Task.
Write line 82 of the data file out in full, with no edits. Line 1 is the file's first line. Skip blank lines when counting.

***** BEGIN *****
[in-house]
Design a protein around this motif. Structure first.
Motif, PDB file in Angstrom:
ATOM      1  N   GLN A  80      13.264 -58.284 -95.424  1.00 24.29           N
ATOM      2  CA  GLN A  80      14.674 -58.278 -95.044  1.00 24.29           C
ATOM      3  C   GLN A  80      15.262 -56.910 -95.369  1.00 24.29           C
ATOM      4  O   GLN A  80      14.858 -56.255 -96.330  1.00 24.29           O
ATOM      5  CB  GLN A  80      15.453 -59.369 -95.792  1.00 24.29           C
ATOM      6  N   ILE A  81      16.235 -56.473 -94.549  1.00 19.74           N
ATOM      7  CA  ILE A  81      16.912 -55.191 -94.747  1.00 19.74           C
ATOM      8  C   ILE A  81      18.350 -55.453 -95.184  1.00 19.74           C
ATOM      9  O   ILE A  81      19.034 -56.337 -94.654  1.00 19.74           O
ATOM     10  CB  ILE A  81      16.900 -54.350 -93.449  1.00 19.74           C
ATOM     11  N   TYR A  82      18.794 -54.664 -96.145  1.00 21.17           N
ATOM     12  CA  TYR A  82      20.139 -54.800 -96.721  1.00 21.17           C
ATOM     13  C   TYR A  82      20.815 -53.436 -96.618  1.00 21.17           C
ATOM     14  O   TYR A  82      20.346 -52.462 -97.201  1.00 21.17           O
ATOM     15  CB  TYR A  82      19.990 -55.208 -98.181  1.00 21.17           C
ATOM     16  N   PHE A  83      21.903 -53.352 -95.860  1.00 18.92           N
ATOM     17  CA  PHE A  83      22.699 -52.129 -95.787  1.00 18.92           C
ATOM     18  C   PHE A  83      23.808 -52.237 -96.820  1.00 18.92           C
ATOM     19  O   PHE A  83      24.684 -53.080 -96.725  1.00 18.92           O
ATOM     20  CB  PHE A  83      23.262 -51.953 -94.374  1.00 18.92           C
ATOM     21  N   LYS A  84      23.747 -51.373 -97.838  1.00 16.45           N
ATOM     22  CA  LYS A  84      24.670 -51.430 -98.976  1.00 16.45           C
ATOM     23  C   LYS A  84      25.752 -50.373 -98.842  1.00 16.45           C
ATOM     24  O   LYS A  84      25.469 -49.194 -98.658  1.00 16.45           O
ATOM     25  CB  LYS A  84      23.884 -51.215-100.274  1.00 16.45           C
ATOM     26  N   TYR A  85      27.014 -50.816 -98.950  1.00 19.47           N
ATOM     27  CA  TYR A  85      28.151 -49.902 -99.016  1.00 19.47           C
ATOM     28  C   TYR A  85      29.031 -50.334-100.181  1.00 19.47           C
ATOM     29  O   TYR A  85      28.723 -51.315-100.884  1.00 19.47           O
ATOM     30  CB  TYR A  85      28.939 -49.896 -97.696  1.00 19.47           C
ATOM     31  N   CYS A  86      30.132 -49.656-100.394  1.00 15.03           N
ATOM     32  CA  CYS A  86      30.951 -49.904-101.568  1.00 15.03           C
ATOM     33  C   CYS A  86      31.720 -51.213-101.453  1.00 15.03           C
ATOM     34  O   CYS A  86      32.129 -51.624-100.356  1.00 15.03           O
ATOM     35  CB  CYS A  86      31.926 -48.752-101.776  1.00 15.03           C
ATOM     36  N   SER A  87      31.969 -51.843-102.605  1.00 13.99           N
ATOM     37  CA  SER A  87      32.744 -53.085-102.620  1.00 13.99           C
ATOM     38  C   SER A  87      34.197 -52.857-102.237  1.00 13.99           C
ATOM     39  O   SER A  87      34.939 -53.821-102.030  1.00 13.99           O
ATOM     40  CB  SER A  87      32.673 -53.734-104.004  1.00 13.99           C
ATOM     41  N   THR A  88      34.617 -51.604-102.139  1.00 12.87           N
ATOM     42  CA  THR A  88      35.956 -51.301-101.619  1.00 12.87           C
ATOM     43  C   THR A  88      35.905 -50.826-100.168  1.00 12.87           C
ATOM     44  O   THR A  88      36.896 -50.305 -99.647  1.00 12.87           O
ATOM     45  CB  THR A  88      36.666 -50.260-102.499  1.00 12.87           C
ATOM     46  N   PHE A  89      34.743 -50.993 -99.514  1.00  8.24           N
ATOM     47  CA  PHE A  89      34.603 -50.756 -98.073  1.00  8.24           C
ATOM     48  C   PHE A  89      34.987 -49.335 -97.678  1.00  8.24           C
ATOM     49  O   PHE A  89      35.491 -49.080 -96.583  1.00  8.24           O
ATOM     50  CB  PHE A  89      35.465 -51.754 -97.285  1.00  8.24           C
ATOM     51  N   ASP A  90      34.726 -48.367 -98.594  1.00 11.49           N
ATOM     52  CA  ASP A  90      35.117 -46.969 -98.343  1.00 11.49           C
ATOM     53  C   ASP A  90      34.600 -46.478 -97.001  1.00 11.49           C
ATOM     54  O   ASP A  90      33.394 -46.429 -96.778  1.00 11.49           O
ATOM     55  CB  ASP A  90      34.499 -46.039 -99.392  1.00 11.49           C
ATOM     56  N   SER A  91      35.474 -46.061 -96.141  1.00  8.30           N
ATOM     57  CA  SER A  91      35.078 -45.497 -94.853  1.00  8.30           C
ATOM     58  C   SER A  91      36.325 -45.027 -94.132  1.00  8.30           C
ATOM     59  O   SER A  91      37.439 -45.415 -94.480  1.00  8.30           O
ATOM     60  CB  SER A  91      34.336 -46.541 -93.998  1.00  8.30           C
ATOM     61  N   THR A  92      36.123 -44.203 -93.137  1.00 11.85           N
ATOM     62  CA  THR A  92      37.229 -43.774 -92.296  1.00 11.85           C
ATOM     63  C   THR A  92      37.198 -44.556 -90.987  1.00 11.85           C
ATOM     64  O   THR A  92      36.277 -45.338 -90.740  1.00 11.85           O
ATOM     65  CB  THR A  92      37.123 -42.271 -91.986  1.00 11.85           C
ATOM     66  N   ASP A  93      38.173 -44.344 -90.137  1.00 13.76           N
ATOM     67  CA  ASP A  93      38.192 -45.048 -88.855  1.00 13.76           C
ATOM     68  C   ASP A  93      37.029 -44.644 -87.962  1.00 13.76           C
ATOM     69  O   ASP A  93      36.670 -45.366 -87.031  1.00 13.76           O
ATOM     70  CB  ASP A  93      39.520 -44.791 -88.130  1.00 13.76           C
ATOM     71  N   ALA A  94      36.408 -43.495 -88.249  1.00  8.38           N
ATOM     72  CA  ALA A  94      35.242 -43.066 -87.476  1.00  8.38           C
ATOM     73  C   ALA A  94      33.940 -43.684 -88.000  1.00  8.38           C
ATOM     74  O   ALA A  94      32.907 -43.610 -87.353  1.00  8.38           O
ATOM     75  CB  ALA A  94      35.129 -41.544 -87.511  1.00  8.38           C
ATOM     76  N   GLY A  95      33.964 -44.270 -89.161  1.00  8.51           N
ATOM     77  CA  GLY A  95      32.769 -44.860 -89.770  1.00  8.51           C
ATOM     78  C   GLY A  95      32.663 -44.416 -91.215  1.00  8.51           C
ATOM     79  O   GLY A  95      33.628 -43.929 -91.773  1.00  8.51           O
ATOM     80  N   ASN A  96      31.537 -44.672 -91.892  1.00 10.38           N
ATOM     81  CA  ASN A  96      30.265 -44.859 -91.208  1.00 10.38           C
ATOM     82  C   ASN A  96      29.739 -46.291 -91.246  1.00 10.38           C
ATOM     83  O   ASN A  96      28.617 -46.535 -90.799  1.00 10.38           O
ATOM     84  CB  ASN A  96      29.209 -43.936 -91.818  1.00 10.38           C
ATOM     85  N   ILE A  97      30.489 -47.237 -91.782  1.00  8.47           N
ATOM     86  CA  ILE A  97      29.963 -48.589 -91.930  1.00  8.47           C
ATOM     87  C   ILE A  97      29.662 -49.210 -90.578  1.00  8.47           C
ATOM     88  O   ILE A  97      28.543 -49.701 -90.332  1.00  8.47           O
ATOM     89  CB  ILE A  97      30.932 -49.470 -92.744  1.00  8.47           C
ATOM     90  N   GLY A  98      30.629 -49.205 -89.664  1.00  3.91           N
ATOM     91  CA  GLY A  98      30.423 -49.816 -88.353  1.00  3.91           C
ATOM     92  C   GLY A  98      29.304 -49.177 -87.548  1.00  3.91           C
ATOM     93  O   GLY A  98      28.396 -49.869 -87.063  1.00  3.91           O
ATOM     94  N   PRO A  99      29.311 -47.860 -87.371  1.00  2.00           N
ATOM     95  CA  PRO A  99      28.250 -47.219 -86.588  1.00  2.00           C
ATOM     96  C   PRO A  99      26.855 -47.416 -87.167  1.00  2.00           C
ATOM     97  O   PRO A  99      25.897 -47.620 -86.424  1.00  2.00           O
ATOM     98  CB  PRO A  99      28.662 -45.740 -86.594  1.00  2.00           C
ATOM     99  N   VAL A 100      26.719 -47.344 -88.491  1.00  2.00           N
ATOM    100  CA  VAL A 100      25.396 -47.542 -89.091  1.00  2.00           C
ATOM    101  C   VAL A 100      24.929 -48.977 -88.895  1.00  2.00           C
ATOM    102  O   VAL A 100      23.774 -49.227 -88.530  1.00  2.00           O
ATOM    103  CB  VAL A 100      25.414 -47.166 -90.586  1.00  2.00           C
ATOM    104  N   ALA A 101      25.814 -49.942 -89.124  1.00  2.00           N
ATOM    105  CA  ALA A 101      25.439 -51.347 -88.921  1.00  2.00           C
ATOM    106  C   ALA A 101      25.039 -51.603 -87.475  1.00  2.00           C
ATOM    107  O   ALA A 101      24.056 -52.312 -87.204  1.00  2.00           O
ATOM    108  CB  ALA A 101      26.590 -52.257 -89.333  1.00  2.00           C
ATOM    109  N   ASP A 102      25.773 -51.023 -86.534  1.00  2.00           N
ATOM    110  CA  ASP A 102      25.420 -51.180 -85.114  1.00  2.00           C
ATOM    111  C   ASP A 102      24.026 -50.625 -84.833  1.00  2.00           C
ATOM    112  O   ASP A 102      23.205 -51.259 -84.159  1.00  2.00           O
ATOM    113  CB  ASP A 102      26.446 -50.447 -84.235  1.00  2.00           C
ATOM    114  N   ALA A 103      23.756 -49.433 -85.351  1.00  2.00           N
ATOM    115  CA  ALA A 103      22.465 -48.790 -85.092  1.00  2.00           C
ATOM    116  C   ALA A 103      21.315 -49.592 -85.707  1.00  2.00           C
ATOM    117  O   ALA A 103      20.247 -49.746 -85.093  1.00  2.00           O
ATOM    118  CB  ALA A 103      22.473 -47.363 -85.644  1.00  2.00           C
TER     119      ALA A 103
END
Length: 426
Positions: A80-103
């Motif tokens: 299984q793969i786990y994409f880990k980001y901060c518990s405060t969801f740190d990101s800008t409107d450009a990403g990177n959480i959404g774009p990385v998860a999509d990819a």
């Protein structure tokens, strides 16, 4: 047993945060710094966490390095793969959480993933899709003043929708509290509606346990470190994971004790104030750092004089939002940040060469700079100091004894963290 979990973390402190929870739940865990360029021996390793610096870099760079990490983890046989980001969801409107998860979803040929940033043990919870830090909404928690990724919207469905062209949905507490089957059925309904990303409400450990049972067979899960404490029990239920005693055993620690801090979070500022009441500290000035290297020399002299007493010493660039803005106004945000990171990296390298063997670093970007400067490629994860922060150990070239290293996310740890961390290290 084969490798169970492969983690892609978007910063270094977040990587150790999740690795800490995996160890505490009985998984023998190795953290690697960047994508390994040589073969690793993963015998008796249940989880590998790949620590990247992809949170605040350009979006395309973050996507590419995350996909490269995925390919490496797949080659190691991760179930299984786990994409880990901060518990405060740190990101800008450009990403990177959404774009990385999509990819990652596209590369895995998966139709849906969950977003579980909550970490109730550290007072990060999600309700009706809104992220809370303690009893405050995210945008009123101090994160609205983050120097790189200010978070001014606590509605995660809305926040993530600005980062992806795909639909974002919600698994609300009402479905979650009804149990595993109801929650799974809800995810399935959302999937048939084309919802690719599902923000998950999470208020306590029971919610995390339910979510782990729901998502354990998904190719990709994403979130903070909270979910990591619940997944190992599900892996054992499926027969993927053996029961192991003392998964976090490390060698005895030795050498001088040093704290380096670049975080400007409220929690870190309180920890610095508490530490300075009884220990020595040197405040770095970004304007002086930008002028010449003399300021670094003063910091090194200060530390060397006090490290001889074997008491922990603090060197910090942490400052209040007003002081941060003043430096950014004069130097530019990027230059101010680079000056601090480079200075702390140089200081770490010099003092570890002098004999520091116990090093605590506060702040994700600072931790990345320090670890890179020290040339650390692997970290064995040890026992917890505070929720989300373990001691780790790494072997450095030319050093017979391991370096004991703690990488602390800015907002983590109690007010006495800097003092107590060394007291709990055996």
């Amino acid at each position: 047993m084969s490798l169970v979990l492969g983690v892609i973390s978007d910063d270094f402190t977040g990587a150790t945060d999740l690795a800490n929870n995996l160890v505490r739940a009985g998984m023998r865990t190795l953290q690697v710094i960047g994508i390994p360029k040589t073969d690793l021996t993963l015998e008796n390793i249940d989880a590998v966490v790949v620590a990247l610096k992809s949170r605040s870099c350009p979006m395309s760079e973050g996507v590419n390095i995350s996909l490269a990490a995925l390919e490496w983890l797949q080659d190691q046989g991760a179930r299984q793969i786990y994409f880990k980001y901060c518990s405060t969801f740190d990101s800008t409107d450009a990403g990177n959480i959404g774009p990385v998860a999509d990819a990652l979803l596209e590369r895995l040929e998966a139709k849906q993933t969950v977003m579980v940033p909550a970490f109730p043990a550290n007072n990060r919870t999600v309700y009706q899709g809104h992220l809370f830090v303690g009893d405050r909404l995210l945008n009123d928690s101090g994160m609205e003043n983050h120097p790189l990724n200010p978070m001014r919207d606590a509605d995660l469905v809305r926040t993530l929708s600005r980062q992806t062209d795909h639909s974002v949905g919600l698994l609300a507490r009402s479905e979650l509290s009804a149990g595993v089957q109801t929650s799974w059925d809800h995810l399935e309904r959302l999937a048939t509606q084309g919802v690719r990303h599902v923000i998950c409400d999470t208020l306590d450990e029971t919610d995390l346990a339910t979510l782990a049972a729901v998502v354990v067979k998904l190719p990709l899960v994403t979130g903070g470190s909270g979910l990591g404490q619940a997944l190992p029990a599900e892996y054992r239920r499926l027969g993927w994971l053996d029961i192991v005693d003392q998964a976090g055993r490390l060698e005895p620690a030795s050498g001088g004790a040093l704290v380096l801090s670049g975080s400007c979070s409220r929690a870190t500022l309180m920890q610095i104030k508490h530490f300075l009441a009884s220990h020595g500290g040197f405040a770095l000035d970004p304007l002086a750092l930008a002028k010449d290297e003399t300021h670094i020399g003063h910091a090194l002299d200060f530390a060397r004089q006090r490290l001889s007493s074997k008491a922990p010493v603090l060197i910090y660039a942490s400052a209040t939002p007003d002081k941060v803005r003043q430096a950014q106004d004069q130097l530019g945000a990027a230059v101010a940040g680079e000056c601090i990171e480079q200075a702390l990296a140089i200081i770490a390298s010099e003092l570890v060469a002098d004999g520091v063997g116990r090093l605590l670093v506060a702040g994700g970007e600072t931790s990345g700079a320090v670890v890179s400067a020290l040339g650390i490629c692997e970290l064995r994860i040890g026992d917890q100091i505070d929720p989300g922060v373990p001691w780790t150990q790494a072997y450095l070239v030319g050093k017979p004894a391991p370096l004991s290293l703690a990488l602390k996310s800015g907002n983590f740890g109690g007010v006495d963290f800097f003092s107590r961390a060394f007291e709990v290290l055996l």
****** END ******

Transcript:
ATOM     79  O   GLY A  95      33.628 -43.929 -91.773  1.00  8.51           O